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  • Alliance

    A military treaty between two or more states, providing for a mutually-planned offensive, or for assistance in the case of attack on any member.
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  • Allodial

    A kind of land ownership that is unfetterred, outright and absolute. It is the opposite of the feudal system and supposes no obligation to another (ie. a lord).
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  • Allonge

    A piece of paper which has been attached to a contract, a check or any promissory note, on which to add signatures because there is not enough room on the main document.
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  • Alternative dispute resolution

    Also known as "ADR"; methods by which legal conflicts and disputes are resolved privately and other than through litigation in the public courts, usually through one of two forms: mediation or arbitration. It typically involves a process much less formal than the traditional court process and includes the appointment of a third-party to preside over a hearing between the parties. The advantages of ADR are speed and money: it costs less and is quicker than court litigation. ADR forums are also private. The disadvantage is that it often involves compromise.
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  • Alternatives to Bankruptcy

    the area of law that focuses on debtor assistance other than Bankruptcy (see bankruptcy).
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  • Amalgamation

    The merging of two things together to form one such as the amalgamation of different companies to form a single company.
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  • Ambassador

    A citizen that has been officially asked by their country to live in another country in order to legally represent it. For example, the USA has sent ambassadors to live, and represent the USA, in almost all other countries.
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  • Ambulatory

    Something which is not cast in stone; which can be changed or revoked, such as a will.
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  • Amend

    To change, to revise, usually to the wording of a written document such as legislation.
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  • Amicus curiae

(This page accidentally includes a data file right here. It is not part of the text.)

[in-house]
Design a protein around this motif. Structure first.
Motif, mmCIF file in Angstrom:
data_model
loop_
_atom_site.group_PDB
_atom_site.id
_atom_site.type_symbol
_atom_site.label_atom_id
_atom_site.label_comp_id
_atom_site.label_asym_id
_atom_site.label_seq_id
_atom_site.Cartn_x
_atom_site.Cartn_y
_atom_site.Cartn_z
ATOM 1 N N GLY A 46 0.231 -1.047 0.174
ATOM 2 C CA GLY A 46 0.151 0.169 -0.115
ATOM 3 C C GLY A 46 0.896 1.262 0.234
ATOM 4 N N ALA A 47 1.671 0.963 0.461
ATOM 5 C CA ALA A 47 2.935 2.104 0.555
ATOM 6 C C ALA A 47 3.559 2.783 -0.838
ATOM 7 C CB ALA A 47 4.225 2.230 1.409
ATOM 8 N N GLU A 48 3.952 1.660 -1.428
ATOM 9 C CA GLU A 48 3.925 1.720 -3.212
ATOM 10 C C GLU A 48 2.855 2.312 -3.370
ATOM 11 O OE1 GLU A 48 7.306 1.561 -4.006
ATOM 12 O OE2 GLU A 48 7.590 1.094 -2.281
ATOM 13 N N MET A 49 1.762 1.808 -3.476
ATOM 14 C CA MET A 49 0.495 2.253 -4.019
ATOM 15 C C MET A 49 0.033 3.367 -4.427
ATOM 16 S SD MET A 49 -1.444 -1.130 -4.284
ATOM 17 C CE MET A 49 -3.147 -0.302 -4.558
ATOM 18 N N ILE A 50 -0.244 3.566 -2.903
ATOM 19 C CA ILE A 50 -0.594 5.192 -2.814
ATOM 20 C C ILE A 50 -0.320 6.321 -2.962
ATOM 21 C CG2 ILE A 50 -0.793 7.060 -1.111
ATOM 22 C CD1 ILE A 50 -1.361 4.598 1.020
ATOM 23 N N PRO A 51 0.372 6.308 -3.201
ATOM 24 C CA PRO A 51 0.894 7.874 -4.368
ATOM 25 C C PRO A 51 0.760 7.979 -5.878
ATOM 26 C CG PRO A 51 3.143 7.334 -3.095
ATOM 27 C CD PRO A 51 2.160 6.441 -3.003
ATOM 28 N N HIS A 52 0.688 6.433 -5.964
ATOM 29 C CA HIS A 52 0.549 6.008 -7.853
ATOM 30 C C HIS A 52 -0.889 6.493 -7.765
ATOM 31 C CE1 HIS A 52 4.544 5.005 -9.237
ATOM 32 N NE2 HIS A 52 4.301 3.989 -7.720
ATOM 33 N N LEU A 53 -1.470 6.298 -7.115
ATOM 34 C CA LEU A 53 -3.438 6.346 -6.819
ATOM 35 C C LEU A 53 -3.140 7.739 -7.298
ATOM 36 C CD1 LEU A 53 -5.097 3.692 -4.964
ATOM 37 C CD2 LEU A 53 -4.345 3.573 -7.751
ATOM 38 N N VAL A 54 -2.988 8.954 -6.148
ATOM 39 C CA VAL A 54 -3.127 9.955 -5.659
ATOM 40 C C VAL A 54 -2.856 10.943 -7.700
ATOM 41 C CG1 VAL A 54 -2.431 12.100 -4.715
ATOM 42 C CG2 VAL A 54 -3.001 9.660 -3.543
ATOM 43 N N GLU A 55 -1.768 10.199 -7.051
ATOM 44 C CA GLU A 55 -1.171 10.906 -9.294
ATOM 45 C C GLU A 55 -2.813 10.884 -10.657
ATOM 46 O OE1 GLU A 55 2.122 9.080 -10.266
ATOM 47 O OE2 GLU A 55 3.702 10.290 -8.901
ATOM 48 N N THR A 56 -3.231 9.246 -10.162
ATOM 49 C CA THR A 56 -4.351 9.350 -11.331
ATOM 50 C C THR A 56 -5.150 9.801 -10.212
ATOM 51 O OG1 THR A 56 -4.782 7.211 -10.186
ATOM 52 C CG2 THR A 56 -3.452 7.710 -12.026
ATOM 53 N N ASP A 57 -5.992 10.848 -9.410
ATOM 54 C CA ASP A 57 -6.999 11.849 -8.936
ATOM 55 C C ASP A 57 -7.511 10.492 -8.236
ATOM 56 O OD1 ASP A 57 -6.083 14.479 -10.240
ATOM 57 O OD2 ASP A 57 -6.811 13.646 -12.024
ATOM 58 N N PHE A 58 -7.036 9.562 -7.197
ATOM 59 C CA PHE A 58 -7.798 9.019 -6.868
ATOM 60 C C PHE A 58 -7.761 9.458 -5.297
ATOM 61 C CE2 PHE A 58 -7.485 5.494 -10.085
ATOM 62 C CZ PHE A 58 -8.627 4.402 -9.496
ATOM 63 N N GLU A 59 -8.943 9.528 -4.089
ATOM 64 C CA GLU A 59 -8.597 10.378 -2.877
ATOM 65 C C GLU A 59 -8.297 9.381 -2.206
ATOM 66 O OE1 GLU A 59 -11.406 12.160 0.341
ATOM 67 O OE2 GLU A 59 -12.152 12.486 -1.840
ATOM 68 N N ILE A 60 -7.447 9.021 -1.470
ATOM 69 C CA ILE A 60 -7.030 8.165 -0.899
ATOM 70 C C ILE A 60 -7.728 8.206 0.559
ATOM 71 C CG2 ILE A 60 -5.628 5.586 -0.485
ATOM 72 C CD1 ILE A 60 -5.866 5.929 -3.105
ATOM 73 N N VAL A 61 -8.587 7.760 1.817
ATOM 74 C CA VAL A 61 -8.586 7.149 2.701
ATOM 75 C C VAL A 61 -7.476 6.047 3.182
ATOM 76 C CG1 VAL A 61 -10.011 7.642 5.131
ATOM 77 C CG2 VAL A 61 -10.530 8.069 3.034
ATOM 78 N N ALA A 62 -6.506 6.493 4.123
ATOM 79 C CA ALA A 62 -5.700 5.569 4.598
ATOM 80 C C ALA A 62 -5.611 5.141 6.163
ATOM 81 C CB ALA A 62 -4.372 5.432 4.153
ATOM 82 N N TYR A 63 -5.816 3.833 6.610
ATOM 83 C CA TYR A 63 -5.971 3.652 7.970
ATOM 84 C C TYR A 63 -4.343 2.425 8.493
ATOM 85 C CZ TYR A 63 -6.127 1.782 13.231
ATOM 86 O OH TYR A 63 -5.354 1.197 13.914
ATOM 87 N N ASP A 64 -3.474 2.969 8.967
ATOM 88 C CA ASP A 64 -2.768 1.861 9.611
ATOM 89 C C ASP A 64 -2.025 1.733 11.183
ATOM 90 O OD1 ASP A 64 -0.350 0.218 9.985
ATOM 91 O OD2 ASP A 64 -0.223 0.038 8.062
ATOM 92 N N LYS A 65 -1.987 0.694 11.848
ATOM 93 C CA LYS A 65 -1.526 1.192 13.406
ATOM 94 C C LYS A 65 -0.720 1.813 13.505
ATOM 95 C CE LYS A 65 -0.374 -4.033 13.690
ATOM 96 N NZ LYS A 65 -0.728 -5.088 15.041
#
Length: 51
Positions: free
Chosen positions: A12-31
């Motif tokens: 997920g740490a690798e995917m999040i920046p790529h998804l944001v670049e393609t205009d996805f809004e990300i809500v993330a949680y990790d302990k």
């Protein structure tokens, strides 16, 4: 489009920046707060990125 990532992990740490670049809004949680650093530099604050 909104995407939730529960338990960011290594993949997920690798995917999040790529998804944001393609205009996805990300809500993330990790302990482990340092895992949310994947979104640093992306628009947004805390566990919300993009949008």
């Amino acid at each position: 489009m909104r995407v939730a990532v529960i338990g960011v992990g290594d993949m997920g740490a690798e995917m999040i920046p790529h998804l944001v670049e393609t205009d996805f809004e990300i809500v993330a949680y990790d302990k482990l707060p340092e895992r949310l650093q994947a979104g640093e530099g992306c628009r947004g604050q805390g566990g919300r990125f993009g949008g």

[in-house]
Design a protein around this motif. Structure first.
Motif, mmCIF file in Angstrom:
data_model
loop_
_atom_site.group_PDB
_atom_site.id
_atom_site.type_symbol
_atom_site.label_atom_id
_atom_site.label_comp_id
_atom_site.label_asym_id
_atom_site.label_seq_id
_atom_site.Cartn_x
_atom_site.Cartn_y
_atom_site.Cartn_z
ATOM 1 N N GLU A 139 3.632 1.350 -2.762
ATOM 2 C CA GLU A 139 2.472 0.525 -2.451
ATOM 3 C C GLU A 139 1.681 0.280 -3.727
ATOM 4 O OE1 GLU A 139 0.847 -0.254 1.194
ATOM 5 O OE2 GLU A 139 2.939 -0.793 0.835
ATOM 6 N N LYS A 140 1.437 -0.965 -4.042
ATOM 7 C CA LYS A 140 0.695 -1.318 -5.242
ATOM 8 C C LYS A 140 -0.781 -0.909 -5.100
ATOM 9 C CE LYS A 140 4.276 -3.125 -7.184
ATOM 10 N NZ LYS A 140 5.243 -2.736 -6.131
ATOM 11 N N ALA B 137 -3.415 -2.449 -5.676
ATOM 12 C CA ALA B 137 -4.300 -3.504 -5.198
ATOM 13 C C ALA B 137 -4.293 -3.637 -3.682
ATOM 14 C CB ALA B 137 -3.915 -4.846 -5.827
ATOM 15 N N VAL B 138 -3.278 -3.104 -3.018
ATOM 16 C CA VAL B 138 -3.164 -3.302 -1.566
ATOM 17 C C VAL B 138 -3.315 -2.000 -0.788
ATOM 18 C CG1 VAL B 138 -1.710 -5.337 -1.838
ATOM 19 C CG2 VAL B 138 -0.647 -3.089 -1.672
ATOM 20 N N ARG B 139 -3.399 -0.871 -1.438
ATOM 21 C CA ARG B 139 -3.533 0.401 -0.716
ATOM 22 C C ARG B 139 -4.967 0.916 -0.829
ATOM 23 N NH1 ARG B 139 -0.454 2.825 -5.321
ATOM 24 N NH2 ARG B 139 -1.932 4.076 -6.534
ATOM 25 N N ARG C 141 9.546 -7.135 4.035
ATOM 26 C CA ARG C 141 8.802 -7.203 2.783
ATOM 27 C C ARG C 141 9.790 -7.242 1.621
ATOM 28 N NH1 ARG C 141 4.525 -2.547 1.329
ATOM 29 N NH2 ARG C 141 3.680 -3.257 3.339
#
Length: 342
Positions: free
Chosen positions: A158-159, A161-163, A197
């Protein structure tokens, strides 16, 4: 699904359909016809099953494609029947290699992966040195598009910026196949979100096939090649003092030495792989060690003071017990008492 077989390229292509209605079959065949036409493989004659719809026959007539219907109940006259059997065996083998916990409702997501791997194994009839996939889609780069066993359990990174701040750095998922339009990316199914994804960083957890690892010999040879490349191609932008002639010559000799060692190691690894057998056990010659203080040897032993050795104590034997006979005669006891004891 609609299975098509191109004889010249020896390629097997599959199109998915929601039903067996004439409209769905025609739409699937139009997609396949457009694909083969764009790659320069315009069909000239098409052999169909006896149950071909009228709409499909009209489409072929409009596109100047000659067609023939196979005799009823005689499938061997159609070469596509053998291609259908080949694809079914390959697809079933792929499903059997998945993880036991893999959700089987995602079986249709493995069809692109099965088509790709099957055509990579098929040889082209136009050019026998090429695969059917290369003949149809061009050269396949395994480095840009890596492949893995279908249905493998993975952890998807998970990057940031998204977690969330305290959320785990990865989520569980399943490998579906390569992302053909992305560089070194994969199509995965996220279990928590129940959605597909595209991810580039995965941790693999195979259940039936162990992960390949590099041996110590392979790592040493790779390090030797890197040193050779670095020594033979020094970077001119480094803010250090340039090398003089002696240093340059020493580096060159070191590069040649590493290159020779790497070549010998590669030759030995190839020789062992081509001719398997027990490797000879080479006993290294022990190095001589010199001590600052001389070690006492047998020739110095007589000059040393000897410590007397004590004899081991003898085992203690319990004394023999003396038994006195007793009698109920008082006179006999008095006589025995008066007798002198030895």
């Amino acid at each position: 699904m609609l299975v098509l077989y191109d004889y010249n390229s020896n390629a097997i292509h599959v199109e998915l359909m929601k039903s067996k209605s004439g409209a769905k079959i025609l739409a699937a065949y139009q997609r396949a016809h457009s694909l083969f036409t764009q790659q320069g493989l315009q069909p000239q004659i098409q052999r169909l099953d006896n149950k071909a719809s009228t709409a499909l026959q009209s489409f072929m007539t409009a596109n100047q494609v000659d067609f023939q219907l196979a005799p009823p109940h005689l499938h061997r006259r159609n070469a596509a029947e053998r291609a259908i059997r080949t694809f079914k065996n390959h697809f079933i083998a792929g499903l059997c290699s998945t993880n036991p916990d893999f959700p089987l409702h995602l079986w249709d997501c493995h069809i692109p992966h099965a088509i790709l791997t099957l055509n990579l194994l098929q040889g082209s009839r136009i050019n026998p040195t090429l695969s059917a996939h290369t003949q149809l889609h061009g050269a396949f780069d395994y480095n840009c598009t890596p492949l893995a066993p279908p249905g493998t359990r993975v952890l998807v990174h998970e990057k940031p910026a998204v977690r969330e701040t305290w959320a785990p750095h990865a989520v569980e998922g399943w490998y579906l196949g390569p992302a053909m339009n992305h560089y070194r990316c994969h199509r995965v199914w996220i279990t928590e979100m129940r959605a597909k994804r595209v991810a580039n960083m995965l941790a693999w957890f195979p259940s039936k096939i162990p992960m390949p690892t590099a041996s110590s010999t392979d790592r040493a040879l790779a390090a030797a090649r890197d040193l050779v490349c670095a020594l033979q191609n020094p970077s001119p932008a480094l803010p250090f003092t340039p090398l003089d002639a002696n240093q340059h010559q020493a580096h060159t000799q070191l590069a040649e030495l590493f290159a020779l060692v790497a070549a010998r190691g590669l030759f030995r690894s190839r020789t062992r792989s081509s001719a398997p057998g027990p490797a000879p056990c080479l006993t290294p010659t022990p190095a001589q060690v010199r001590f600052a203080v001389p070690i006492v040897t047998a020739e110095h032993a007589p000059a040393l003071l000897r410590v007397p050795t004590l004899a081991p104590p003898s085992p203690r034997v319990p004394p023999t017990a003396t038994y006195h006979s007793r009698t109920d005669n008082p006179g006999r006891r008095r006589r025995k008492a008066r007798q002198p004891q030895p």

Latin: friend of the court. Refers more specifically to persons asking for permission to intervene in a case in which they are neither plaintiff or defendant, usually to present their point of view (or that of their organization) in a case which has the potential of setting a legal precedent in their area of activity. This is common, for example, in civil rights cases and, in some instances, can only be done with the permission of the parties or the court.
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  • Animus contrahendi

    Latin: an intention to contract.
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  • Annulment

    To make void; to cancel an event or judicial proceeding both retroactively and for the future. Where, for example, a marriage is annulled, it is struck from all records and stands as having never transpired in law. This differs from a divorce which merely cancels a valid marriage only from the date of the divorce. A marriage annulled stands, in law, as if never performed.
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  • Antedate

    To date back; retroactively. To date a document to a time before it was written.
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  • Antenuptial

    An event or document which pre-dates a marriage. For example, an "antenuptial agreement" is one which is signed before marriage. A antenuptial gift is a gift given by one spouse to the other before marriage.
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  • Anti-trust

    (USA)"Anti-trust" legislation is designed to prevent businesses from price-setting or other secret collaboration which circumvents the natural forces of a free market economy and gives those engaging in the anti-trust conduct, a covert competitive edge. Also known as "anti-combines" or "competition" legislation.
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  • Antitrust & Trade Regulation

    the area of law that protects trade and commerce from unlawful restraints and monopolies or unfair business practices.
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  • Appeal

    To ask a more senior court or person to review a decision of a subordinate court or person. In some countries such as Canada, the USA and Australia, appeals can continue all the way up to the Supreme Court, where the decision is final in that it can no longer be appealed. That is why it is called "supreme" (although, in Australia the supreme court is called the High Court).
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  • Appellate Law

    the area of law relating to appeals to higher courts of law.
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  • Apportionment

    The division and distribution of something into proportionate parts; to each according to their share. For example, if a court ordered apportionment of a contract, the party would be required to perform only to a extent equal to the performance of the other side.
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  • Appurtenance

    Something that, although detached, stands as part of another thing. An attachment or appendage to something else. Used often in a real estate context where an "appurtenance" may be, for example, a right-of-way over water, which, although physically detached, is part of the legal rights of the owner of another property.
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